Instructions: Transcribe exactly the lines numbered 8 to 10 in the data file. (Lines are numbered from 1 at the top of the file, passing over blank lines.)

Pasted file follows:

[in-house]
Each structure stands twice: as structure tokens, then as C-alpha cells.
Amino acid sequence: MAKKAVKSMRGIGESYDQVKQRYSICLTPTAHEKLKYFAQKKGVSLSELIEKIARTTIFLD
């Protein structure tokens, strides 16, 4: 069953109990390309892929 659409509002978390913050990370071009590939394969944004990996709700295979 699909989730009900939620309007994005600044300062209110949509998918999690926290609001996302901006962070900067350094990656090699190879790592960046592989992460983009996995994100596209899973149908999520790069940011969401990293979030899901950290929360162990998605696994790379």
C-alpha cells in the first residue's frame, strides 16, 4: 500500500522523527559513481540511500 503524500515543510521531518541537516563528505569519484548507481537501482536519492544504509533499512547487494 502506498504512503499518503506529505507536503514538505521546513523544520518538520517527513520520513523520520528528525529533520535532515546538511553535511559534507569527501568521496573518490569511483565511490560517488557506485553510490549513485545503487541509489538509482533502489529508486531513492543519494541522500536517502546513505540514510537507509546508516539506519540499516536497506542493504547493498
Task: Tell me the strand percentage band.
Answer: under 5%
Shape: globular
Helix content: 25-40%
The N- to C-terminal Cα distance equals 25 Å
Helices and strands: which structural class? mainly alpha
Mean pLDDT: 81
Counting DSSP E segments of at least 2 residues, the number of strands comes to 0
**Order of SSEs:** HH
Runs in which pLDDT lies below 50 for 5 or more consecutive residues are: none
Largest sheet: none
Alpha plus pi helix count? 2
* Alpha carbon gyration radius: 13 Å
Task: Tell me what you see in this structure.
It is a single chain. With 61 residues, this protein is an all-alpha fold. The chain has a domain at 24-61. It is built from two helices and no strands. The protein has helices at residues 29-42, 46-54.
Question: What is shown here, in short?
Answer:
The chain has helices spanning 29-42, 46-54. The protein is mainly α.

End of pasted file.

Shape: globular
Helix content: 25-40%
The N- to C-terminal Cα distance equals 25 Å